For example, in the past I’ve asked:
“When do you celebrate Lunar New Year?” The answers led us to create two Lunar New Year pickup dates when we originally only planned for one.
“Were the tea eggs too salty yesterday?” That helped me fine-tune our recipe—and also helped me realize that getting seasoning right is really hard.
“Do you have a steamer at home?” Knowing that not everyone has a steamer is one of the reasons we focus on pan-fried baos instead of traditionally steamed ones. When I do post recipes that use a steamer, I try to offer an alternative (like steaming fish en papillote).
Treat every moment as an opportunity.
The only time I see people “in real life” is when they come to our kitchen to pick up their order. The natural inclination is to make pick-ups as efficient as possible, especially since contactless pick-ups have become the norm. But if this is the only few minutes I get with you, I’m not going to rush you away! I like to ask people how their week is going, and whether anything new or surprising has happened.
Sometimes we’ll talk about the food (“how were last week’s dumplings?” “Oh the scallion pancakes burned? Maybe try…”), but other times we’ll talk about the books we’re reading, or something funny our kids said. Sometimes I ask someone how they’re doing and they burst into tears. Those are the hardest conversations, but also the occasions when I’m so glad I took the time to ask.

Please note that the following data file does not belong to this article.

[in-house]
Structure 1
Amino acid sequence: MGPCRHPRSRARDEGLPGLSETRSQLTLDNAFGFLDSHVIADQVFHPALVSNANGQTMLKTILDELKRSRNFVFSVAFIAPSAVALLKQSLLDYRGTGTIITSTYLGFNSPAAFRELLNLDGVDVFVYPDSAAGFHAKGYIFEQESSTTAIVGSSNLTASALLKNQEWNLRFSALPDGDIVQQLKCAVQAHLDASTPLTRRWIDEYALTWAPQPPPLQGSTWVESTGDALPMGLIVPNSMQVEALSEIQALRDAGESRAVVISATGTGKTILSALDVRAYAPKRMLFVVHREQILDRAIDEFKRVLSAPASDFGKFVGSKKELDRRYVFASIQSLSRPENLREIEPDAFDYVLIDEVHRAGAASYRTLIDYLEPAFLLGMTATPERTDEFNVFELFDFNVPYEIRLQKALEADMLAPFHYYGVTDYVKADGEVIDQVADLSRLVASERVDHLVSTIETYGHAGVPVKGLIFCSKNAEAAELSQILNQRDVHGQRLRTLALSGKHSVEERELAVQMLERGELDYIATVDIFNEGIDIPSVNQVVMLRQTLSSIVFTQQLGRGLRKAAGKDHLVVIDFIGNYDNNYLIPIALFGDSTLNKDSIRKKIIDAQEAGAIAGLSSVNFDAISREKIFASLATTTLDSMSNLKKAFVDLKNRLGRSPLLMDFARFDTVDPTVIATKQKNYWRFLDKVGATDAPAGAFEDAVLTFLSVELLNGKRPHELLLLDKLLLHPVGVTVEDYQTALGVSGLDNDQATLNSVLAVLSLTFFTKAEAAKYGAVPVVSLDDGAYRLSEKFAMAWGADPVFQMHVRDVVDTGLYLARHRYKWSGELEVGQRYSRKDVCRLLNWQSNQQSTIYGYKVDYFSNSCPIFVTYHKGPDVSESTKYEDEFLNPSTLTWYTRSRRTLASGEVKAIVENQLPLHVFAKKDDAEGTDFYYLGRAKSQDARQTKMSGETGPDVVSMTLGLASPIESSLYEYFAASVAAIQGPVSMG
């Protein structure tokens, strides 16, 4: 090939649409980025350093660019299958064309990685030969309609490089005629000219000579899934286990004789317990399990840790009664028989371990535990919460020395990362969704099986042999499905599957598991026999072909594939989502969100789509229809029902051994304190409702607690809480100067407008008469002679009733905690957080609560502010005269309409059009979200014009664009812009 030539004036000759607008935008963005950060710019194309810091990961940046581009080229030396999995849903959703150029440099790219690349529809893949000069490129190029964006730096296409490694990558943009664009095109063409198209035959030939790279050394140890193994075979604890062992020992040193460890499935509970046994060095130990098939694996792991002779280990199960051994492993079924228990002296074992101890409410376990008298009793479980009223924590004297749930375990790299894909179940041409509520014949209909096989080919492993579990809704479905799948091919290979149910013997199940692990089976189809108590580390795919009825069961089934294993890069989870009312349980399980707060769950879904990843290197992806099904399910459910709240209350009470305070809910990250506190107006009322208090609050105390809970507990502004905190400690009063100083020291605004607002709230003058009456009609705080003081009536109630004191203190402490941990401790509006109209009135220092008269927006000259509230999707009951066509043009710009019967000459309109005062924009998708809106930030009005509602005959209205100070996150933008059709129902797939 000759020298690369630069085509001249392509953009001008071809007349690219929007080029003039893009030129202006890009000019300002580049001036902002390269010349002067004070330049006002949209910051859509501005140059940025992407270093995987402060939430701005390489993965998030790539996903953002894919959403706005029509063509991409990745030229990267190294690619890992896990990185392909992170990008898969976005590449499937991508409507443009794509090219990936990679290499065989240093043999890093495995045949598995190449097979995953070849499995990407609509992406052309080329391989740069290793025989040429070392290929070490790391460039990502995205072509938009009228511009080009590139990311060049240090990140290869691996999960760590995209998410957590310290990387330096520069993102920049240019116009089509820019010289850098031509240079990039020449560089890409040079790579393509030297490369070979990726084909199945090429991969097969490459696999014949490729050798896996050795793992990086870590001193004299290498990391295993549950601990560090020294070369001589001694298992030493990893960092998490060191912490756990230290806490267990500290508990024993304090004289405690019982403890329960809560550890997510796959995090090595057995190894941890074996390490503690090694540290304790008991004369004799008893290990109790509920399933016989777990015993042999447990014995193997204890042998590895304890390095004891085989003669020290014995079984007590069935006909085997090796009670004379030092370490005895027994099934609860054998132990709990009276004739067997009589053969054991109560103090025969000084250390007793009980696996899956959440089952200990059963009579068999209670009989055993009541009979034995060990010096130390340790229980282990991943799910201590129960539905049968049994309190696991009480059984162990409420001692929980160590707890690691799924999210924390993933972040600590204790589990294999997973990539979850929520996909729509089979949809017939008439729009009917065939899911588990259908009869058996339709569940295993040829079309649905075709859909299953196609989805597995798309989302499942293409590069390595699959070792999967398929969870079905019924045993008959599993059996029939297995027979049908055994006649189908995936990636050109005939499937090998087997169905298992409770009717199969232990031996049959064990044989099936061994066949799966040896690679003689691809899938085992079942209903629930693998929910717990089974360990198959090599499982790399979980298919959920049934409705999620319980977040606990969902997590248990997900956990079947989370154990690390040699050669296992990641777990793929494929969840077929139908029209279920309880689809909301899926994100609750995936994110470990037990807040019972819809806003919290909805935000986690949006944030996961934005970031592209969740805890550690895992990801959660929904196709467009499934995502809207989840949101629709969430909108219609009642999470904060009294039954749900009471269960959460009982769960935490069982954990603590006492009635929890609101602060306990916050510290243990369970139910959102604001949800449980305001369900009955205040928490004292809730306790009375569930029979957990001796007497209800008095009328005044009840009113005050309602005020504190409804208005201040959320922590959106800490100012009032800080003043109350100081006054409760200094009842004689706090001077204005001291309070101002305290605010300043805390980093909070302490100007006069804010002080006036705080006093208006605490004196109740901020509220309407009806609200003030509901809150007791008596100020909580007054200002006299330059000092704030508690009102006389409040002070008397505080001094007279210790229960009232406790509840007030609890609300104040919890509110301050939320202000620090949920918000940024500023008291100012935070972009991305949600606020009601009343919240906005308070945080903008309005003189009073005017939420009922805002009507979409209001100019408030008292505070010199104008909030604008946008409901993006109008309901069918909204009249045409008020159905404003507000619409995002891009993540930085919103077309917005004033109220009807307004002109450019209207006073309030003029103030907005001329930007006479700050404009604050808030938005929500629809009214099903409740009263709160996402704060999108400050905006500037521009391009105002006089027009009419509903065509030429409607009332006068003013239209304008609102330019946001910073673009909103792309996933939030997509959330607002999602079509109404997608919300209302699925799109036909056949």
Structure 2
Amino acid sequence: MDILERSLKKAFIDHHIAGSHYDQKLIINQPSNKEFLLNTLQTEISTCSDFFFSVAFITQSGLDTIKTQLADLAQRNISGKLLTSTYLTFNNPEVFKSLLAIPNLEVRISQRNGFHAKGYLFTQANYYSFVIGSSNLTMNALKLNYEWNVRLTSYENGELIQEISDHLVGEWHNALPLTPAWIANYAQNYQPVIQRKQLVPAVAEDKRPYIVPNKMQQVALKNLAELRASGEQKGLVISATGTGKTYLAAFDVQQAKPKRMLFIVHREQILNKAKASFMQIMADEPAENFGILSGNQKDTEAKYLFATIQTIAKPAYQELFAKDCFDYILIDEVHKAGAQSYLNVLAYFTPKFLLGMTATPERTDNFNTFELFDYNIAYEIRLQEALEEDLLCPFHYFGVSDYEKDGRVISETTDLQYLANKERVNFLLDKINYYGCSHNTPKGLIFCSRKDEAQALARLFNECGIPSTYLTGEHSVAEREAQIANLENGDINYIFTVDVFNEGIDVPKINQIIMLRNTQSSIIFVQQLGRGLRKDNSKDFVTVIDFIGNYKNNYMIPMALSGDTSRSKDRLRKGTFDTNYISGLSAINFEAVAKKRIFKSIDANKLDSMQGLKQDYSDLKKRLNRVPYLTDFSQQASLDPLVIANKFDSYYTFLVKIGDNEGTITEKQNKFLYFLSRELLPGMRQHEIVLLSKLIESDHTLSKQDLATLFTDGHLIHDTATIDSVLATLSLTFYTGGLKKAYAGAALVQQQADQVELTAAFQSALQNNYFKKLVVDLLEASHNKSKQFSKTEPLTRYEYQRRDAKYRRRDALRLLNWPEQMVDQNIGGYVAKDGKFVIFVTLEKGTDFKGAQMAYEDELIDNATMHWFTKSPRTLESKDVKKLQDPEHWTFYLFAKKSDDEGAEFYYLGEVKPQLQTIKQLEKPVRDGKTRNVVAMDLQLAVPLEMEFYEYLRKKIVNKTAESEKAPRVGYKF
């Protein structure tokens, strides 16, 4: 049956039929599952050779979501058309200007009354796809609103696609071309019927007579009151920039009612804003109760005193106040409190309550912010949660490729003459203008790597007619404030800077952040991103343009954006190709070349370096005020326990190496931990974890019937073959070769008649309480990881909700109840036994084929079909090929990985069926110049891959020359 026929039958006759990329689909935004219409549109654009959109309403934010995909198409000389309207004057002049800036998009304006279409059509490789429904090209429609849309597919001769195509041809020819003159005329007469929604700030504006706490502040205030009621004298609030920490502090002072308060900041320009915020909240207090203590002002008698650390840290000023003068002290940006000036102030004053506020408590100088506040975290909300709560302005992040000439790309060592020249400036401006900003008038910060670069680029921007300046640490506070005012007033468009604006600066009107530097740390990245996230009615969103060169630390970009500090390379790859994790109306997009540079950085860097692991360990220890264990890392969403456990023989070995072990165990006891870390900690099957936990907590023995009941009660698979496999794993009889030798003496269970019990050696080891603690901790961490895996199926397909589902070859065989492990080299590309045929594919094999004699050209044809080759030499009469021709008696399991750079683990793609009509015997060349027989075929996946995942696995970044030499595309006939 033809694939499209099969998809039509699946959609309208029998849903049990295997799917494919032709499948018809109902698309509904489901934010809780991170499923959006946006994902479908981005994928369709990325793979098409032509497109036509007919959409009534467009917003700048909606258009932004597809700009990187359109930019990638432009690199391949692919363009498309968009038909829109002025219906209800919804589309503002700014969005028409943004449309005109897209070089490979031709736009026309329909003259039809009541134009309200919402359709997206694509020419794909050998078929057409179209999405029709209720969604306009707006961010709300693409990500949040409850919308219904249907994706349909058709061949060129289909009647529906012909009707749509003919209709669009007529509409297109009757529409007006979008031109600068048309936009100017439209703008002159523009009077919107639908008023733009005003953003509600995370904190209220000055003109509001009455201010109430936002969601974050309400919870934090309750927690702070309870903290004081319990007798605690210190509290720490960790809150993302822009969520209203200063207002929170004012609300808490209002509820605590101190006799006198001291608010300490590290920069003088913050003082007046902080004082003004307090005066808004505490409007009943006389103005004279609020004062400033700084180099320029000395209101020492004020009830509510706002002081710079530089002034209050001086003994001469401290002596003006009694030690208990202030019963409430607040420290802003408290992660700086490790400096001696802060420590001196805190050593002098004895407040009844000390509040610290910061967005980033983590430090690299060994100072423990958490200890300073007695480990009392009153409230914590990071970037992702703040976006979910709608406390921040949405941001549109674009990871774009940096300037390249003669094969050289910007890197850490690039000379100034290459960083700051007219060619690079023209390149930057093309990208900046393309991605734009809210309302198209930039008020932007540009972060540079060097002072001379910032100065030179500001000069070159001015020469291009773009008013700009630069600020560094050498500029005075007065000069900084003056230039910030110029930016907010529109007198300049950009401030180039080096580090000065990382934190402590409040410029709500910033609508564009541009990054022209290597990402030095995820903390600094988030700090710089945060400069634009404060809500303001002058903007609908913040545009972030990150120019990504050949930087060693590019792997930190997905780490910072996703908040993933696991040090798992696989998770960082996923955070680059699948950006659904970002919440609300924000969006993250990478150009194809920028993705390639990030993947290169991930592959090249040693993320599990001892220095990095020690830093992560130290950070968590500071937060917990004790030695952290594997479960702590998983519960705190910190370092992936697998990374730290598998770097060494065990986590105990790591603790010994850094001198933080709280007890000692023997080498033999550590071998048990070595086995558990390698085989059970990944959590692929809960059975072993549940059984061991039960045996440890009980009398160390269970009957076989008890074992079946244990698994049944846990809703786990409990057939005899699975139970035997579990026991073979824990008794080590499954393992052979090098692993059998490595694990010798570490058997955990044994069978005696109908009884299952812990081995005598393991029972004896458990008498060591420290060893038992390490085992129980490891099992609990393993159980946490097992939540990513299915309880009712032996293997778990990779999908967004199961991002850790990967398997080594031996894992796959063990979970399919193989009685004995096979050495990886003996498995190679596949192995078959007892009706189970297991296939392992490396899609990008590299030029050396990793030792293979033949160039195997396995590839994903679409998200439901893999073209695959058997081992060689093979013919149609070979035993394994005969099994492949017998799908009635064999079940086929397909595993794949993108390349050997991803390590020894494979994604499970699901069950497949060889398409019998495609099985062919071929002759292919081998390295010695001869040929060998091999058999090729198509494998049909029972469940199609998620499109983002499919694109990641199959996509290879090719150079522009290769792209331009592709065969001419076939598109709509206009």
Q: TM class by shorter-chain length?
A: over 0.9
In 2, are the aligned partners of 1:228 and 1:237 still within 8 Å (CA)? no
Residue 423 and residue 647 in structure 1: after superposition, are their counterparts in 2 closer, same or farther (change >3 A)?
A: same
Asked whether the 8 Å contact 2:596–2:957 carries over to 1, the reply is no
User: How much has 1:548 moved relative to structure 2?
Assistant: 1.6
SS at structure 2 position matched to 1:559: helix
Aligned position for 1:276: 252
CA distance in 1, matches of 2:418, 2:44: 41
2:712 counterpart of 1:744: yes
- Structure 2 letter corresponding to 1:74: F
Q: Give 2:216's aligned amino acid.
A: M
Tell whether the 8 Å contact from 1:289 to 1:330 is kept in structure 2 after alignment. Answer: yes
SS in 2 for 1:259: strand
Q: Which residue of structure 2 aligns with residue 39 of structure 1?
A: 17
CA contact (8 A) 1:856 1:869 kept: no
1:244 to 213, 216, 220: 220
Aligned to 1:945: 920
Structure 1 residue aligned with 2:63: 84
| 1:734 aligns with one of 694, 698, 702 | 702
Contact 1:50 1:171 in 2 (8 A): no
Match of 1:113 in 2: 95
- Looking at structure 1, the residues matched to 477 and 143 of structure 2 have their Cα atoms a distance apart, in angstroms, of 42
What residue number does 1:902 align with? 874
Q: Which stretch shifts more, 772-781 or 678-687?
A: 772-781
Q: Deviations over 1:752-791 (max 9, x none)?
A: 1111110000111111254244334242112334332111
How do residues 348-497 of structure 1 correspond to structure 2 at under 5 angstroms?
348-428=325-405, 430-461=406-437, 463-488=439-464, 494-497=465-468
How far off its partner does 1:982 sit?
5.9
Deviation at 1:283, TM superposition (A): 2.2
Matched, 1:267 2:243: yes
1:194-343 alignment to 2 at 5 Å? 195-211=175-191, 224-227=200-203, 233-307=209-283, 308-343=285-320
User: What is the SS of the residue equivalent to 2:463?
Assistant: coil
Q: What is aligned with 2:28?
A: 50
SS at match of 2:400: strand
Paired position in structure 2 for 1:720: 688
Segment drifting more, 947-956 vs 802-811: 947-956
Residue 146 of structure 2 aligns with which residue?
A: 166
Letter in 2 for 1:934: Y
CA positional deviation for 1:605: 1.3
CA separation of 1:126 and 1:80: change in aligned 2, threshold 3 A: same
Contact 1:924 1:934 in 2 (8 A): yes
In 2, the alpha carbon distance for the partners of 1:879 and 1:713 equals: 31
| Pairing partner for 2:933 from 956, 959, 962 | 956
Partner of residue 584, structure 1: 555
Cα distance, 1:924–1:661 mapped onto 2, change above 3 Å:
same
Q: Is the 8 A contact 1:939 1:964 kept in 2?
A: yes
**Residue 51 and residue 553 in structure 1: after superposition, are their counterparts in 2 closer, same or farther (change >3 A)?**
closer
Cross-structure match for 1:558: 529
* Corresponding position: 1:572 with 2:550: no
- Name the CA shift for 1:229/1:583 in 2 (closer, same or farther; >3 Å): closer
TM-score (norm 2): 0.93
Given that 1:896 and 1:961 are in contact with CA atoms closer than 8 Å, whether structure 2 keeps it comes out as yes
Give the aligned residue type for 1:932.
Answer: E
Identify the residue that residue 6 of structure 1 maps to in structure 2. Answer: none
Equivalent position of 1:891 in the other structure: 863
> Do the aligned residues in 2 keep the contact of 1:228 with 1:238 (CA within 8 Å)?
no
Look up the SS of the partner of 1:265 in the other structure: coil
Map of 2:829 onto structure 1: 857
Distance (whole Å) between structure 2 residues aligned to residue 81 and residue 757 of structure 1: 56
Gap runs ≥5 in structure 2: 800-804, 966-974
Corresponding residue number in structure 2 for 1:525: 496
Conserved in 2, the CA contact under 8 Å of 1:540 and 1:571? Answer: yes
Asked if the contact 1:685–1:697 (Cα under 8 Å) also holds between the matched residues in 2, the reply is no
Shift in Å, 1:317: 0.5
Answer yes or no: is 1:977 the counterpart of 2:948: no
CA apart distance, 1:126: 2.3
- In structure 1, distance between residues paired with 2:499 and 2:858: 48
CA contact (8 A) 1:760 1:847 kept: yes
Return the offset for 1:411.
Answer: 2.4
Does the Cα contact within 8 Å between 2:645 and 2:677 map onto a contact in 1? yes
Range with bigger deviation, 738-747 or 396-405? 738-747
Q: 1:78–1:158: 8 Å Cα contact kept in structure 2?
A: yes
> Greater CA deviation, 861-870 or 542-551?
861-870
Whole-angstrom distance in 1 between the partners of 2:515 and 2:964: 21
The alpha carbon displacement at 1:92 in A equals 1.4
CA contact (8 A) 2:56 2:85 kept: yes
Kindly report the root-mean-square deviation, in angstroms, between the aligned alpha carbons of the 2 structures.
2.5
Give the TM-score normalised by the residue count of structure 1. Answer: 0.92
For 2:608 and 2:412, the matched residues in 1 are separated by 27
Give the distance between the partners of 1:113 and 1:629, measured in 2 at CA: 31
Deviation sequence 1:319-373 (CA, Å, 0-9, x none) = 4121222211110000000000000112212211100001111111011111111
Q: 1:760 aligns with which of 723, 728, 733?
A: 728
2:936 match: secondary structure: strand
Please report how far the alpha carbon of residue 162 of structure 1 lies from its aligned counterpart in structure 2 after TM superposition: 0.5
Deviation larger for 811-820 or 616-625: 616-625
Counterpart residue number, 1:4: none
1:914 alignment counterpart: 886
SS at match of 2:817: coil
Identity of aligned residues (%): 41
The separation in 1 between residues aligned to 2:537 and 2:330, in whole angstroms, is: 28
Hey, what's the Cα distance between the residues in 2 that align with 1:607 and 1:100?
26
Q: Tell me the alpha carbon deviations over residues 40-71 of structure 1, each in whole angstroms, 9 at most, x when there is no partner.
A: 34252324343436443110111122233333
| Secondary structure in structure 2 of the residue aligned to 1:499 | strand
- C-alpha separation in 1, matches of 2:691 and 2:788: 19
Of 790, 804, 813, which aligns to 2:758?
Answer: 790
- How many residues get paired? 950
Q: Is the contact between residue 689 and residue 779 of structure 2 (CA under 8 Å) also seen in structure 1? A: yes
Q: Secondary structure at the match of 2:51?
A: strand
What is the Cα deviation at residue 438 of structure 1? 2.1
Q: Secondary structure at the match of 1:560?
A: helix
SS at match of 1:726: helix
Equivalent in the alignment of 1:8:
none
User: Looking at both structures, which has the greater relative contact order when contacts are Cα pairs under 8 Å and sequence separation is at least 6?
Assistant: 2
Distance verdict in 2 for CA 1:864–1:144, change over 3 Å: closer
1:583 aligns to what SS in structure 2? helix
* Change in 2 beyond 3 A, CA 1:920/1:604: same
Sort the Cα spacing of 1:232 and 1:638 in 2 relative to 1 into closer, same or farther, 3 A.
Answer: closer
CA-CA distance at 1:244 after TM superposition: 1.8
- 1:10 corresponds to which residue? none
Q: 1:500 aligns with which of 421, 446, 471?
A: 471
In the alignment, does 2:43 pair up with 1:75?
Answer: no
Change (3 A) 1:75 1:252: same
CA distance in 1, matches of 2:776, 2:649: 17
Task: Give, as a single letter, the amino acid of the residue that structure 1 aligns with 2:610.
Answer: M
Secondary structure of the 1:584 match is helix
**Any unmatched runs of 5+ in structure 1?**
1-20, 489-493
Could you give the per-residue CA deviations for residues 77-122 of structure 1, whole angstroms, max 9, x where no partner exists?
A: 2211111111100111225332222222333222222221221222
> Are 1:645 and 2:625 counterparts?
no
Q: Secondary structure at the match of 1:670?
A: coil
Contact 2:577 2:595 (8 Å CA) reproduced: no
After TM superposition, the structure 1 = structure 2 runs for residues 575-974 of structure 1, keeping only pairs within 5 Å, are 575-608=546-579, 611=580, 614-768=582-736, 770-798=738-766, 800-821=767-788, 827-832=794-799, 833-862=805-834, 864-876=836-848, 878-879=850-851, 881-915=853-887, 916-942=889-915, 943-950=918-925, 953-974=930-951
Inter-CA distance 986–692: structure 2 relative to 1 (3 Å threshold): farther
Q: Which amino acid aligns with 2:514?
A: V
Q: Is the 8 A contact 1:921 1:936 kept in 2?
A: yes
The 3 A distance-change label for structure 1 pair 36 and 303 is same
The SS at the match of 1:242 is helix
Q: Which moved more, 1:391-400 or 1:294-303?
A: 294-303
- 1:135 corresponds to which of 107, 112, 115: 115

I once overheard two people talking while waiting in line to pick up. One person was new to Dumpling Club and the other was a veteran. The veteran was saying “Oh yeah, there’s always a bit of a line because the chef likes to greet everyone and chat with them about their day.” Guilty. 🙂
Remember, it’s not a competition.
Some of the most important relationships I’ve built in the last couple of years are not just customers, but other chefs and business owners (especially female and Asian ones—go us!!!).
It would be reasonable to view other chefs as my competitors. But I don’t see any reason to compete when we could get so much further by supporting each other. As much time as I spend on DMs with my customers, I also make time to cheer on my fellow chefs. And they in turn have been incredibly warm and generous with me: Thanks to Stacy of Taiwan Bento for all the late-night pep talks; to Kevin of Claws of Mantis for the kitchen tips (like how to add more crunch to chili oil without adding spice); to Joyce of Bake Sum Pastries who lets me cry on her shoulder; and to Pim of Nari, who has always asked me the hard questions while believing in me 1000%. And there are so many more: Reesa of Poppy’s Bagels, Anabel of Frolic & Detour Bakery, Erin of Garden Creamery, Christine of Abacus Row, Eric Ehler who needs no introduction, and I could really just keep going and going.
Creating a community was always my intention for Dumpling Club, but it was also my lifeline during those first six months of isolation. And at the end of those first six months, my community grew: Welcome Linda, Dumpling Club’s first teammate! But I’ll save that story for the next issue.
Thanks for tuning in and see you for part three, where I talk about how I built my team and what makes us so resilient.
—Cathay Bi is the chef/owner of Dumpling Club in San Francisco